The complaint alleges that people who support Newsom’s removal will be given “two votes” to his supporters’ one.
A recently filed federal lawsuit is seeking to halt or stop a California recall initiative that could see state Gov. Gavin Newsom ousted from office.
According to The Hill, the lawsuit was filed in U.S. District Court for the Central District of California by two in-state voters.
In their complaint, the voters claim that the recall election, in its current form, gives unfair leverage to people would already support Newsom’s removal.
The recall vote, scheduled for September 14th, presents voters with two questions: the first, whether Gov. Newsom should be yanked from office; and the second, which candidate should replace him.
The Hill notes that the list of potential candidates does not list Newsom as an option.
The lawsuit alleges the possibility that Newsom could receive more votes than any listed candidate, but fail to remain in office—and be replaced by someone who received fewer votes than he may.
Currently, the California Democratic Party is urging voters to cast their ballot against the recall initiative while leaving the second question blank.
“Thus, although Gov. Newsom could receive more votes against his recall on issue 1, still a candidate who seeks to replace him and who receives fewer votes could be chosen as Governor,” the lawsuit states, suggesting that the recall’s current structure violates the U.S. Constitution’s equal protection provisions.
“This process is violative of the Equal Protection and Due Process Clauses of the Constitution’s Fourteenth Amendment, because it flies in the face of the federal legal principle of ‘one person, one vote,’ and gives to voters who vote to recall the Governor two votes—one to remove him and one to select a successor, but limits to only one vote the franchise of those who vote to retain him and that he not be recalled, so that a person who votes for recall has twice as many votes as a person who votes against recall,” the complaint observes.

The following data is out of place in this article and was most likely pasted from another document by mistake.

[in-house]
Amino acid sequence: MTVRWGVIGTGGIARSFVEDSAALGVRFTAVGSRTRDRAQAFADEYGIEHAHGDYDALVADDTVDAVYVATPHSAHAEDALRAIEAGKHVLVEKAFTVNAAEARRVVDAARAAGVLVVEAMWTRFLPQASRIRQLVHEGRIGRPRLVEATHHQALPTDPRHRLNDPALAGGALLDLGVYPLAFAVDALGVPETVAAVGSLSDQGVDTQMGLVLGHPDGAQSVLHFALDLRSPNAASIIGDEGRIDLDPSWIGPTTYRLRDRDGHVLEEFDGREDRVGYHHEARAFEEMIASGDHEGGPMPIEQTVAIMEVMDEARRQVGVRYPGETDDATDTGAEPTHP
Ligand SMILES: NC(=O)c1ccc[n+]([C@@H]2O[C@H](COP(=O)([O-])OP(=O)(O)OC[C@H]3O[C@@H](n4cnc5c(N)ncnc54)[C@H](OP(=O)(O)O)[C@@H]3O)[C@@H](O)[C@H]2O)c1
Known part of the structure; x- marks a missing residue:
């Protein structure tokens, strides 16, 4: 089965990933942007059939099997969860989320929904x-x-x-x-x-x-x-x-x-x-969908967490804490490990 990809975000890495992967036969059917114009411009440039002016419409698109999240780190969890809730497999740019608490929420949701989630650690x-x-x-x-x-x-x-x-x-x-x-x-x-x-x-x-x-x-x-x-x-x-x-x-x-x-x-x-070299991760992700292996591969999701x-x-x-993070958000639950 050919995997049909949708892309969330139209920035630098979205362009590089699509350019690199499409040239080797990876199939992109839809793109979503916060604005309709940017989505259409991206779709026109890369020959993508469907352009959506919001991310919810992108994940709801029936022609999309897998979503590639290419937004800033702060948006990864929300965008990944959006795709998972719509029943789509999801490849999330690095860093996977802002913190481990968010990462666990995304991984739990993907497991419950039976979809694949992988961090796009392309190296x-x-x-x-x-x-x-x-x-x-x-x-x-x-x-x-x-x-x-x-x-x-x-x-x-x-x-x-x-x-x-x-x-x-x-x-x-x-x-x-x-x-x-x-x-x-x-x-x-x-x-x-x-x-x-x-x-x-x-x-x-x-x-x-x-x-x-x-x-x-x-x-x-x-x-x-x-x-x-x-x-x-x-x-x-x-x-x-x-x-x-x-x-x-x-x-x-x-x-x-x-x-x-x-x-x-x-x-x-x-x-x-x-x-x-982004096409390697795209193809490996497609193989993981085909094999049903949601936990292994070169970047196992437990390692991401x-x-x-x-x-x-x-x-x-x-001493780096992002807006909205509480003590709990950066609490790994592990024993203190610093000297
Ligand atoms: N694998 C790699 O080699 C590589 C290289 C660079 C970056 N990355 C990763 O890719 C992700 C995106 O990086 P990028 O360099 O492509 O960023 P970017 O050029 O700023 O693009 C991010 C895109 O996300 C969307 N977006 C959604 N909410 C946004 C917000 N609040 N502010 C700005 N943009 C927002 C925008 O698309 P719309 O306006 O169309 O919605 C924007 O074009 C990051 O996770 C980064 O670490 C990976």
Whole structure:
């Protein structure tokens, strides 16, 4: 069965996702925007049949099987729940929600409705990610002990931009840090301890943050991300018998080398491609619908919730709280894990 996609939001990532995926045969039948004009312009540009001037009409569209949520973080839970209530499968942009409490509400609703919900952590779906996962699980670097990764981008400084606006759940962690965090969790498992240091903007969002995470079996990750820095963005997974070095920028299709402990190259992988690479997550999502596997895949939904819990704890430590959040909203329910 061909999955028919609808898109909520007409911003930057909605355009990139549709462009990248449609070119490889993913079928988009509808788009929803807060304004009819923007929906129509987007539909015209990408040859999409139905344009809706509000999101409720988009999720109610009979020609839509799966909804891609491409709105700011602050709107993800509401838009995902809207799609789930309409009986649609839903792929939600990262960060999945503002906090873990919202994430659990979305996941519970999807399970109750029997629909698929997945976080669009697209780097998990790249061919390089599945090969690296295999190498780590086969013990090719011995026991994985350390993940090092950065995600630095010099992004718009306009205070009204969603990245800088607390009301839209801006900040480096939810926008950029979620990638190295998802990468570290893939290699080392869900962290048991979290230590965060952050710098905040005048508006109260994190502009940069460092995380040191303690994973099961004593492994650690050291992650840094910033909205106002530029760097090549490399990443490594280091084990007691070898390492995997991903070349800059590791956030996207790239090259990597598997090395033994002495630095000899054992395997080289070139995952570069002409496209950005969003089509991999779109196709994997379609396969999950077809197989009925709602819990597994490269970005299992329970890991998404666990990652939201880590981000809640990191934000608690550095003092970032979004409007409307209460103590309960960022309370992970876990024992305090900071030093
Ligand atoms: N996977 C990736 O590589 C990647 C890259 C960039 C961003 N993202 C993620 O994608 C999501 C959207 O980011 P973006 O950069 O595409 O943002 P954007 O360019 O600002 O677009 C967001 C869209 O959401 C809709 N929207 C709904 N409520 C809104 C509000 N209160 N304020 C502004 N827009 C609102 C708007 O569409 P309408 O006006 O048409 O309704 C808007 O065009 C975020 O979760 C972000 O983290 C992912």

Erwin Chemerinsky, a constitutional law expert and dean of the University of California’s Berkeley School of Law, recently penned an op-ed in The New York Times, wherein he argued that the recall in its current form is unconstitutional.
“The court could declare the recall procedure unconstitutional and leave it to California to devise a constitutional alternative,” Chemerinsky wrote, in a piece that was partially re-printed by POLITICO. “Or it could simply add Mr. Newsom’s name to the list of those running to replace him.
“That simple change,” Chemerinsky added, “would treat his supporters equally to others and ensure that if he gets more votes than any other candidate, he will stay in office.”